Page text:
*I used frozen blueberries in this recipe because I found they held up better to the denser crumb of the cake. but if you have fresh berries, they work beautifully as well. the berries do tend to sink to the bottom in this recipe, as the cake batter is quite thin.
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rice crispy treats

rice crispy treat 1

a few years ago, I studied abroad in beijing. I had heard about the air quality and imagined that it would look something like los angeles, but the reality, a greyish-yellow fog that often obscured buildings across the street, was unlike anything I had ever experienced before. within days, I had developed a hacking cough that made it nearly impossible to speak in full sentences, a condition that ex-pats termed the “beijing cough”. 

a few weeks later, my cough had finally disappeared and my abroad program held a food preparation contest judged by our chinese professors. my friend and I, both huge dessert fiends, wanted to do something sweet, but in the hot and humid beijing climate, we did not want to use too much heat. we settled on rice krispie treats, trekking to a large carrefour to find marshmallows and rice krispie cereal, then melting it all together in a giant pot we borrowed from a chinese student. we actually ended up winning the contest because our chinese professors had never seen rice krispie treats before and thought they were really exotic and creative!

the contest took place on one of the few sunny days of that summer. the sky was a clear cloudless blue. the night before, a thunderstorm had hit with raindrops so huge, they hurt when they hit my bare skin. we half-joked that the government could control the weather, could create a rainstorm so ferocious that it washed away all the pollution. whether it was true or not, the day after  a thunderstorm in beijing was always clear and blue.

I cannot even remember what my friend and I won – it was probably some coupons to a local bubble tea store. but I do remember eating warm watermelon in the sweltering heat, happy to be able to see across the street for the first time in weeks and feeling like I could breathe again.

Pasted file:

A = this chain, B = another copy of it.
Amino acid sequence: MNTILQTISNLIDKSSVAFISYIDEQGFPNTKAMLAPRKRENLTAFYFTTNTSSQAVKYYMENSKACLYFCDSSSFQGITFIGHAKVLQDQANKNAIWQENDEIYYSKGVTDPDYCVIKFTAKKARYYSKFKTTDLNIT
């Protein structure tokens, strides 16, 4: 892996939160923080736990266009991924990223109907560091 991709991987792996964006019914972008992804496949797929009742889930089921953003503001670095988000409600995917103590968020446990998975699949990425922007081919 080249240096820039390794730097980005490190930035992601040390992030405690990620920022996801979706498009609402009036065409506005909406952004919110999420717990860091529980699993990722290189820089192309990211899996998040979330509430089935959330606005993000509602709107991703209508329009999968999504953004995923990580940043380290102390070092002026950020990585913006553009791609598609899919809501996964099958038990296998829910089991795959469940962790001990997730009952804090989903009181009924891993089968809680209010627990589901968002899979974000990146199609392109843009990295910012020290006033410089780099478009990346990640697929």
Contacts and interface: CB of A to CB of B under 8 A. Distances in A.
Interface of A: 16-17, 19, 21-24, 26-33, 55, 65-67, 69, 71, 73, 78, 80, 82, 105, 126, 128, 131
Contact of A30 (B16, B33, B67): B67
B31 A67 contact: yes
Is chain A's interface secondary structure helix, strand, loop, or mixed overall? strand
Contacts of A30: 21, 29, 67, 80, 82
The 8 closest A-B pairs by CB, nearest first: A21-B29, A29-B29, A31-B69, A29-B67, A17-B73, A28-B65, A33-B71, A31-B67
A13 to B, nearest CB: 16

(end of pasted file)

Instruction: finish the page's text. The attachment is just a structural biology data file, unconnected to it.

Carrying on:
in the wake of dangerously high levels of air pollution that have made the city almost unlivable, beijing has issued its first red alert for the first time. and for the first time, the chinese government has put environmental concerns before its emphasis on rapid economic growth through industrialization and signed on to reduce its greenhouse gas emissions.

and here in the northeast, global warming has now made it possible to frolic on a beach in december, then head into the city for some outdoor ice skating (because apparently we still are willing to waste energy for “winter traditions”). so save some energy and add these (super-legitimate chinese teacher’s) award-winning, no-bake rice crispy treats into your holiday sweets repertoire. 

rice crispie

makes one 8•8in pan

1/4 lb (1 stick) unsalted butter
1 tbsp vanilla paste
1 10-oz bag marshmallows
heaping 1/4 tsp kosher salt
6 cups rice krispie cereal

deb perelman. salted brown butter crispy treats. smitten kitchen. 2 nov 2011. accessed 22 dec 2015.

1 grease an 8×8-in square pan.
2 in a large pot, melt butter over medium-low heat. using a silicone spatula, stir frequently until it turns brown and begins to smell nutty. immediately turn off the heat and mix in the vanilla paste.
3 stir in the marshmallows until smooth. if they are not completely melted, stir over low heat until completely smooth. add salt and stir until well-combined.
4 remove pot from stove and stir in rice krispie cereal. using spatula, quickly press into prepared pan.
5 let cool completely (~1 hr), cut into squares, and serve.